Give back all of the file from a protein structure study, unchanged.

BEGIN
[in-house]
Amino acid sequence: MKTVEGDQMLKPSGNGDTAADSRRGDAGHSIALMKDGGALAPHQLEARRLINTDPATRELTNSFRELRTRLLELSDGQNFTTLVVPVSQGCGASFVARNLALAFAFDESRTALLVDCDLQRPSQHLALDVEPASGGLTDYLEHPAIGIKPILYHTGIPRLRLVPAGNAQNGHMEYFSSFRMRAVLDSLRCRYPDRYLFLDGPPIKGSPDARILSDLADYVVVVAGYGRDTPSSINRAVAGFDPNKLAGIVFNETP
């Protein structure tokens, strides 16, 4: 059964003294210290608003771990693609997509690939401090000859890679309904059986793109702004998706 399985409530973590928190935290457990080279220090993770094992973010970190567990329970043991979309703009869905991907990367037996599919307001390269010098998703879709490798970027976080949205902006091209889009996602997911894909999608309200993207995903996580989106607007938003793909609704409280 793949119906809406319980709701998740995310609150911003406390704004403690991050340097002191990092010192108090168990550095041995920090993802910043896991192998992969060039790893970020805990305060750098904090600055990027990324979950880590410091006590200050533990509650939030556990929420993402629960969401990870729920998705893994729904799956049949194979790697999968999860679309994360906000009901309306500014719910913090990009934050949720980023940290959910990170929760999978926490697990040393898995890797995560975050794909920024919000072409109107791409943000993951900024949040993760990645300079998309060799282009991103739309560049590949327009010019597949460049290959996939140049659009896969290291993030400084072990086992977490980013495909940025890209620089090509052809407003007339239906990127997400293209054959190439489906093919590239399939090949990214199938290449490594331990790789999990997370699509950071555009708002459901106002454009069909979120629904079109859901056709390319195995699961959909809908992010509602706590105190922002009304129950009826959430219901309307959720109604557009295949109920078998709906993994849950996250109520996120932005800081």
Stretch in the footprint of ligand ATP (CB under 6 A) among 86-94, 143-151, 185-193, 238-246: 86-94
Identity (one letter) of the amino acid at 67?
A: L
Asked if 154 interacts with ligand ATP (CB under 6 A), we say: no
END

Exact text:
[in-house]
Amino acid sequence: MKTVEGDQMLKPSGNGDTAADSRRGDAGHSIALMKDGGALAPHQLEARRLINTDPATRELTNSFRELRTRLLELSDGQNFTTLVVPVSQGCGASFVARNLALAFAFDESRTALLVDCDLQRPSQHLALDVEPASGGLTDYLEHPAIGIKPILYHTGIPRLRLVPAGNAQNGHMEYFSSFRMRAVLDSLRCRYPDRYLFLDGPPIKGSPDARILSDLADYVVVVAGYGRDTPSSINRAVAGFDPNKLAGIVFNETP
């Protein structure tokens, strides 16, 4: 059964003294210290608003771990693609997509690939401090000859890679309904059986793109702004998706 399985409530973590928190935290457990080279220090993770094992973010970190567990329970043991979309703009869905991907990367037996599919307001390269010098998703879709490798970027976080949205902006091209889009996602997911894909999608309200993207995903996580989106607007938003793909609704409280 793949119906809406319980709701998740995310609150911003406390704004403690991050340097002191990092010192108090168990550095041995920090993802910043896991192998992969060039790893970020805990305060750098904090600055990027990324979950880590410091006590200050533990509650939030556990929420993402629960969401990870729920998705893994729904799956049949194979790697999968999860679309994360906000009901309306500014719910913090990009934050949720980023940290959910990170929760999978926490697990040393898995890797995560975050794909920024919000072409109107791409943000993951900024949040993760990645300079998309060799282009991103739309560049590949327009010019597949460049290959996939140049659009896969290291993030400084072990086992977490980013495909940025890209620089090509052809407003007339239906990127997400293209054959190439489906093919590239399939090949990214199938290449490594331990790789999990997370699509950071555009708002459901106002454009069909979120629904079109859901056709390319195995699961959909809908992010509602706590105190922002009304129950009826959430219901309307959720109604557009295949109920078998709906993994849950996250109520996120932005800081």
Stretch in the footprint of ligand ATP (CB under 6 A) among 86-94, 143-151, 185-193, 238-246: 86-94
Identity (one letter) of the amino acid at 67?
A: L
Asked if 154 interacts with ligand ATP (CB under 6 A), we say: no